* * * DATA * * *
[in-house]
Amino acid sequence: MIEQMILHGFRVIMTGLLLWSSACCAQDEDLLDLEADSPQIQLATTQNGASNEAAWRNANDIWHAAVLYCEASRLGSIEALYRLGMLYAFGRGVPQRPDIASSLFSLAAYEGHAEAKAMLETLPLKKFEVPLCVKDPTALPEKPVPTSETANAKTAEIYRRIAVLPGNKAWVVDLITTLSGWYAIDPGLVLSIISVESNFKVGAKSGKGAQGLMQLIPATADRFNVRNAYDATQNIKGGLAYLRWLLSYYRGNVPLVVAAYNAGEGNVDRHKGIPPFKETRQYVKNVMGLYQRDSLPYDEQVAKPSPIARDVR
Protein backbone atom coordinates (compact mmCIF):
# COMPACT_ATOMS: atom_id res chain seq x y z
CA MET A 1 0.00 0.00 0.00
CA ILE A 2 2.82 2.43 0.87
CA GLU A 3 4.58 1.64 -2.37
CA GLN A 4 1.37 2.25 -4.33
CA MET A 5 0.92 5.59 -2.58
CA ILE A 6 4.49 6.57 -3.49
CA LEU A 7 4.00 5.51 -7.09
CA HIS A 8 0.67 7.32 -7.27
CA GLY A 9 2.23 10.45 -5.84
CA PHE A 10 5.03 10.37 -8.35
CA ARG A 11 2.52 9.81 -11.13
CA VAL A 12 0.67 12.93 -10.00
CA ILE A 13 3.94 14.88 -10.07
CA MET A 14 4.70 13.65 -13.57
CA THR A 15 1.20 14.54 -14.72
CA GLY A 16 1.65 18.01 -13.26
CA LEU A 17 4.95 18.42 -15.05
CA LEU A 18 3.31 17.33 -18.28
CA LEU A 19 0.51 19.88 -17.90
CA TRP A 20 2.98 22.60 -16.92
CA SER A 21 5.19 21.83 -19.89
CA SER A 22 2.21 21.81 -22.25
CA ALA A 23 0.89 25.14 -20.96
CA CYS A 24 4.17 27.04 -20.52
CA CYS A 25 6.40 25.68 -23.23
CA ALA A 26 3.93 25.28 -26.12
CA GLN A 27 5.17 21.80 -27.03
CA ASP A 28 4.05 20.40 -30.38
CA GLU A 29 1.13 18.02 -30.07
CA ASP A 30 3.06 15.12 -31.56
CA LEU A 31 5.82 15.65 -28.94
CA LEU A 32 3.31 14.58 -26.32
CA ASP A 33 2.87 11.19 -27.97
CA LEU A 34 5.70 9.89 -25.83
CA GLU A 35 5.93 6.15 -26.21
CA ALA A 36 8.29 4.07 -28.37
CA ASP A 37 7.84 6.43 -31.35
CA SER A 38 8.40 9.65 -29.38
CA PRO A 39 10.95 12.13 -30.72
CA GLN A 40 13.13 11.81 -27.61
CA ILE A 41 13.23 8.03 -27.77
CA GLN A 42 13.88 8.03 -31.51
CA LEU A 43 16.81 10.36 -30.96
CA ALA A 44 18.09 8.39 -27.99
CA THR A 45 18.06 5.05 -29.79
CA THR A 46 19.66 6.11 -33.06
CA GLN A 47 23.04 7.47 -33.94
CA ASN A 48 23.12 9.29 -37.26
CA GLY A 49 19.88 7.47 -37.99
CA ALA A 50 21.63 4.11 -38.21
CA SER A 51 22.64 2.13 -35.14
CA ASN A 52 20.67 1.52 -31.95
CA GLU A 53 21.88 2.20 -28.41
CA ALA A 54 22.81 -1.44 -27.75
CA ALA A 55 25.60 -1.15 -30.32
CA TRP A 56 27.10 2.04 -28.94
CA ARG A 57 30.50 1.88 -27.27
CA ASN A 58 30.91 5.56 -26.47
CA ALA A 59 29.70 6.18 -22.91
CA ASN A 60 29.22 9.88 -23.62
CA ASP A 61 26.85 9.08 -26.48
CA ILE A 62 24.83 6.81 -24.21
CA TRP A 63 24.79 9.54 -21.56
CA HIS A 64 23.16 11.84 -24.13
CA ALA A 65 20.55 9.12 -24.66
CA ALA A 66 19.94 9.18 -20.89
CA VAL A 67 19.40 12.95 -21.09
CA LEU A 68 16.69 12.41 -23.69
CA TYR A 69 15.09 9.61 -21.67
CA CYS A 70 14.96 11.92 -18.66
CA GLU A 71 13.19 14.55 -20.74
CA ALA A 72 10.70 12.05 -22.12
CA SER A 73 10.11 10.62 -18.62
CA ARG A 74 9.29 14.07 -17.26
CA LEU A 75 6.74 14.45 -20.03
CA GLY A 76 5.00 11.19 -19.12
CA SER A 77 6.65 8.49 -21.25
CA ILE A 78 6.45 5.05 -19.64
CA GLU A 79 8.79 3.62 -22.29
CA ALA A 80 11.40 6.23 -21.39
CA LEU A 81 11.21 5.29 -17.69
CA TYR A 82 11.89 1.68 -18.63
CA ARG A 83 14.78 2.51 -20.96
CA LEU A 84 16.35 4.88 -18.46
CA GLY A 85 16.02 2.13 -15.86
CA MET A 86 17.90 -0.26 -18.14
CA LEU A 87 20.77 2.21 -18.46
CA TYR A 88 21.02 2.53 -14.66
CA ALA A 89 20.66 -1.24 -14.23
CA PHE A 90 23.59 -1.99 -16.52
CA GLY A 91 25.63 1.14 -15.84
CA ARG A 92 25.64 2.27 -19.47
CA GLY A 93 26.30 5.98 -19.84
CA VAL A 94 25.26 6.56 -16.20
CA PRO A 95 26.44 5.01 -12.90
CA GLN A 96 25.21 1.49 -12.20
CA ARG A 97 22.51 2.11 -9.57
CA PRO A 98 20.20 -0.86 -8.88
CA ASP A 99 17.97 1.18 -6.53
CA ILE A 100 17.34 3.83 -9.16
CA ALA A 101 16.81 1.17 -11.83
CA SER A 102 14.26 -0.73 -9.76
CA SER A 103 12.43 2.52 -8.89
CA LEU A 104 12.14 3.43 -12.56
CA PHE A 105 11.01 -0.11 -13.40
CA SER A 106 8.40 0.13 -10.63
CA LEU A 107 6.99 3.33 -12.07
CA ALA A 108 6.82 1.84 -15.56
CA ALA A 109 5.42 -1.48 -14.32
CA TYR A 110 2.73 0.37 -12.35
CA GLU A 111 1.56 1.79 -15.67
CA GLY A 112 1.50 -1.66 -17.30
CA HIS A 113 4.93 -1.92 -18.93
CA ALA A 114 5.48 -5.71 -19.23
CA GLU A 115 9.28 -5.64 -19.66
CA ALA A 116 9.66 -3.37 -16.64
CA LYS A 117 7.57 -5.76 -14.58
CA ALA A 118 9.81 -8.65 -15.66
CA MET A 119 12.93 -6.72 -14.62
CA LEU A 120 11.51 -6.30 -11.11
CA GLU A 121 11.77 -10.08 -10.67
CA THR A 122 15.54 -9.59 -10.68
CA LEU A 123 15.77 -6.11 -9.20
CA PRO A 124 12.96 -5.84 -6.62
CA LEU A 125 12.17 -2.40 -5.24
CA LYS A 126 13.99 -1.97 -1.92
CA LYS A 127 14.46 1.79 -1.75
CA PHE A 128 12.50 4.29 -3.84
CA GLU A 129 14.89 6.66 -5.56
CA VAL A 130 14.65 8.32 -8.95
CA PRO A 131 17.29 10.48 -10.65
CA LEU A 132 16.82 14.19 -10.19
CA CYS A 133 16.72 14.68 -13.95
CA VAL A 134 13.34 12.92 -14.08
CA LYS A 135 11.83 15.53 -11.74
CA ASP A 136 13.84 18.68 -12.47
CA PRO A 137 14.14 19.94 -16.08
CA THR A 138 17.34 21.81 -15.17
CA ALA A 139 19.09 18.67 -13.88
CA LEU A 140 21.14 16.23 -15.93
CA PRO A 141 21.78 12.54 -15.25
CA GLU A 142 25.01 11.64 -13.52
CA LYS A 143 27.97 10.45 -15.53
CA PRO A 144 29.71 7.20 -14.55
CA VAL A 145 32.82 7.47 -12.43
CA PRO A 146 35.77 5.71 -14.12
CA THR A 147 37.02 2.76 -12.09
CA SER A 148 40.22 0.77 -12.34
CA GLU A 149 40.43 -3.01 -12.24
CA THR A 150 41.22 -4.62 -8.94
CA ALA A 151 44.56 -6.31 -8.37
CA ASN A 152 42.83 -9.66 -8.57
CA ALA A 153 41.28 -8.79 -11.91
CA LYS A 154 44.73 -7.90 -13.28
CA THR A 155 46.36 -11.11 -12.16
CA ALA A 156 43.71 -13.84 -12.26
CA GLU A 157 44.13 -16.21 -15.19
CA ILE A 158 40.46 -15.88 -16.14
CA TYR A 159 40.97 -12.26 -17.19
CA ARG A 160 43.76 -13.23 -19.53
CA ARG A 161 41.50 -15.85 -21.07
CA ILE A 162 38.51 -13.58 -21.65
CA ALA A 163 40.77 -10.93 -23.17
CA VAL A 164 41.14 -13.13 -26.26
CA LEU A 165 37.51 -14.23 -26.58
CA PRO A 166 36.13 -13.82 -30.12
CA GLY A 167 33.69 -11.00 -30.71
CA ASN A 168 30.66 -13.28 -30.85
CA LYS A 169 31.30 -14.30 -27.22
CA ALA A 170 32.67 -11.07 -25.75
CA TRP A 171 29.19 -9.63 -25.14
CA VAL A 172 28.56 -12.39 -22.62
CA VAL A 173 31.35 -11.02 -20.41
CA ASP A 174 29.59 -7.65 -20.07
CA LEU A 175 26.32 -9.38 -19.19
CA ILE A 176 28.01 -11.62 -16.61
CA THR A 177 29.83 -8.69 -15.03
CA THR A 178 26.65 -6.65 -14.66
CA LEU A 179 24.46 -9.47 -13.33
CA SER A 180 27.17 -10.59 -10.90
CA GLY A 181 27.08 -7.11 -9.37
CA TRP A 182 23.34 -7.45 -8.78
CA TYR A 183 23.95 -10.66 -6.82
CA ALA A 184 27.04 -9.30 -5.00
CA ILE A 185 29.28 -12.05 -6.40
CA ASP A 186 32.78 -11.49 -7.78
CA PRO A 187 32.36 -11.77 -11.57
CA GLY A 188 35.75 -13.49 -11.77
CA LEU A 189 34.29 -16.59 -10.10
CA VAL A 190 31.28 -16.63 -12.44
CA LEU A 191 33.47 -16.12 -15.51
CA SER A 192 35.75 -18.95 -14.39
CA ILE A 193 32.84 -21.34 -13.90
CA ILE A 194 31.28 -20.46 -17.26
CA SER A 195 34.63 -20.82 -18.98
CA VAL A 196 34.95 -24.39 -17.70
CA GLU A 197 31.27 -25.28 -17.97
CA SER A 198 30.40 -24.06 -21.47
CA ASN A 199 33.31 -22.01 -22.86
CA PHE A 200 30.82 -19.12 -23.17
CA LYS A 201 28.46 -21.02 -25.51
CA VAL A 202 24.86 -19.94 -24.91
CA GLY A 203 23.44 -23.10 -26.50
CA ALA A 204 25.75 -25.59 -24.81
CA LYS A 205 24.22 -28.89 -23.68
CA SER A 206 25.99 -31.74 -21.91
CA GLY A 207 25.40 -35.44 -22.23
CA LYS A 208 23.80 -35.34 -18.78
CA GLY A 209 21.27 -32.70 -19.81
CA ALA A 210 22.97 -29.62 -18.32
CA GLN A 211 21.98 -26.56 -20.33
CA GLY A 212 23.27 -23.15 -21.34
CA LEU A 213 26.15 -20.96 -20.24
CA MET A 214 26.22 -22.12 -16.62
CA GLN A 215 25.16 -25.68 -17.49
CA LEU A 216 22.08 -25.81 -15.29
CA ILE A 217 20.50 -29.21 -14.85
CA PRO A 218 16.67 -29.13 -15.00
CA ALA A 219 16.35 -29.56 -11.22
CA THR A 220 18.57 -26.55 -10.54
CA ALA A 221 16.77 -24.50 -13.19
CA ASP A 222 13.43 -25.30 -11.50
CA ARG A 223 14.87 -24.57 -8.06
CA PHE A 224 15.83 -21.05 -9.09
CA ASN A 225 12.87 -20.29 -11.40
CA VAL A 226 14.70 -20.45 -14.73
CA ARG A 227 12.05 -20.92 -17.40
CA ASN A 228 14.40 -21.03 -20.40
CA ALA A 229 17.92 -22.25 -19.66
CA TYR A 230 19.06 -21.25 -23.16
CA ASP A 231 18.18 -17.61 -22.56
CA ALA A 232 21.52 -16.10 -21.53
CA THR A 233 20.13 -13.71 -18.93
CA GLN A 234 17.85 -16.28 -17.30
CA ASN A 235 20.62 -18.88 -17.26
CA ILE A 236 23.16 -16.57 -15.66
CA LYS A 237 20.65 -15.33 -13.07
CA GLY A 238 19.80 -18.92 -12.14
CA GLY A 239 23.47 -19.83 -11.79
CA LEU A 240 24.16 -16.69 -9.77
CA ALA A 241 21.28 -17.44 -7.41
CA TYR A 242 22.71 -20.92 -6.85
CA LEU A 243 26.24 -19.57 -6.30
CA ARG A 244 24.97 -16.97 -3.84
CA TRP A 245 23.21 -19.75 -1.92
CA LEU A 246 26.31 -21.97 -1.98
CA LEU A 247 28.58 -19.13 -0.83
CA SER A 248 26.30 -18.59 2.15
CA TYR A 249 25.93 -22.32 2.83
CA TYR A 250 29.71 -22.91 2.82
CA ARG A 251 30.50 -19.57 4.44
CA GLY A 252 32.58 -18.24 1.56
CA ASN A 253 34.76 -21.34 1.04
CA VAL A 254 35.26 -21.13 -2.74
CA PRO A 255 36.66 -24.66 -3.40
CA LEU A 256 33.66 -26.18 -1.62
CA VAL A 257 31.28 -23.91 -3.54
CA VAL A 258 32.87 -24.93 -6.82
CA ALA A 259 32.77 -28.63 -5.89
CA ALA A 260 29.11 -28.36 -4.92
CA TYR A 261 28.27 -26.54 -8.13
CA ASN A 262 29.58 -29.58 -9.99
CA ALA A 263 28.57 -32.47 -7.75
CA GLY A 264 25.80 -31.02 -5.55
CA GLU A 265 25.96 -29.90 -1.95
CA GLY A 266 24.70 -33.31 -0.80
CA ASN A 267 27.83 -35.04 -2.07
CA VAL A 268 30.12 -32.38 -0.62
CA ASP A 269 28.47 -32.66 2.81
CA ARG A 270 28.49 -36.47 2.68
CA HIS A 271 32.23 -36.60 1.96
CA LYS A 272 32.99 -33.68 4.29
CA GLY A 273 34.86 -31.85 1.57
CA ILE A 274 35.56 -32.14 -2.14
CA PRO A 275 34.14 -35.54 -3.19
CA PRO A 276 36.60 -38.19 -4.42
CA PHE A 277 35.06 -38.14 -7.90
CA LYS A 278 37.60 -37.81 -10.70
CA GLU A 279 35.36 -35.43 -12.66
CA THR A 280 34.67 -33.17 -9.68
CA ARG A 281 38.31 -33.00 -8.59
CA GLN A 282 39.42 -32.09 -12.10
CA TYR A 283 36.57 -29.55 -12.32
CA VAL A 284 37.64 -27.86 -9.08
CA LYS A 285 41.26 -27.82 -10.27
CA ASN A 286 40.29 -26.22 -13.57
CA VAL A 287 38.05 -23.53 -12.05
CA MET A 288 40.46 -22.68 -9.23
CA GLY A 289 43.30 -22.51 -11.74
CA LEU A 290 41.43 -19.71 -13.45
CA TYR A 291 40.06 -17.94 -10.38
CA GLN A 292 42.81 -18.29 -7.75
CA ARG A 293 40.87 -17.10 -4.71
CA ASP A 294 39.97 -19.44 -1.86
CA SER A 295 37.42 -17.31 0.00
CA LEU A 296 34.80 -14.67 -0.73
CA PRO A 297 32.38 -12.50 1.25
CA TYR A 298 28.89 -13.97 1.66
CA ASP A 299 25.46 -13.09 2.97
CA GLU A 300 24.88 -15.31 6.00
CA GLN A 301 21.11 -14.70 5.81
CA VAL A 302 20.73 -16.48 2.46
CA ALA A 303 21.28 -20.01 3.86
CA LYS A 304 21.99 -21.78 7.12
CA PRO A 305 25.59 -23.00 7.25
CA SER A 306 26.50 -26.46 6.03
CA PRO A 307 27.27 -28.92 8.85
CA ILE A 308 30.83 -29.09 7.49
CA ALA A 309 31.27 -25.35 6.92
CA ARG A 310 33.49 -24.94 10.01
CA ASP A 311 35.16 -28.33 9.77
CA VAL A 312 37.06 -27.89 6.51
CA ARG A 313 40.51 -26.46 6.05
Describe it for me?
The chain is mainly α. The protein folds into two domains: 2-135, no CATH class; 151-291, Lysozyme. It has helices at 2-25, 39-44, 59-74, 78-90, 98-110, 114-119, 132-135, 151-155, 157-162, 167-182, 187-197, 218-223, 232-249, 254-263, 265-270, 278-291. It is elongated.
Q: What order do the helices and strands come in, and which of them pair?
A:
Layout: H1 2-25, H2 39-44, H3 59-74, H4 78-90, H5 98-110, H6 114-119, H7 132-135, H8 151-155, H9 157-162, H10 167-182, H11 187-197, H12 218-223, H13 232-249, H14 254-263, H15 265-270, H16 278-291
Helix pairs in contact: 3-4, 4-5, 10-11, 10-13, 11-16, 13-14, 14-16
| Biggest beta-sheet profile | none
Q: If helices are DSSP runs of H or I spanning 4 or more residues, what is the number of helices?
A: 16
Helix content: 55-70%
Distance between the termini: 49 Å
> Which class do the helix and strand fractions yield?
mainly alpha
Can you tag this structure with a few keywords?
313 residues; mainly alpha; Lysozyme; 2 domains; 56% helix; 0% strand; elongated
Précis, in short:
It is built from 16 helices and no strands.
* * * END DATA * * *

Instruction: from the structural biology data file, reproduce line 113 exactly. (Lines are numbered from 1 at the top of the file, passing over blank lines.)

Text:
CA ALA A 109 5.42 -1.48 -14.32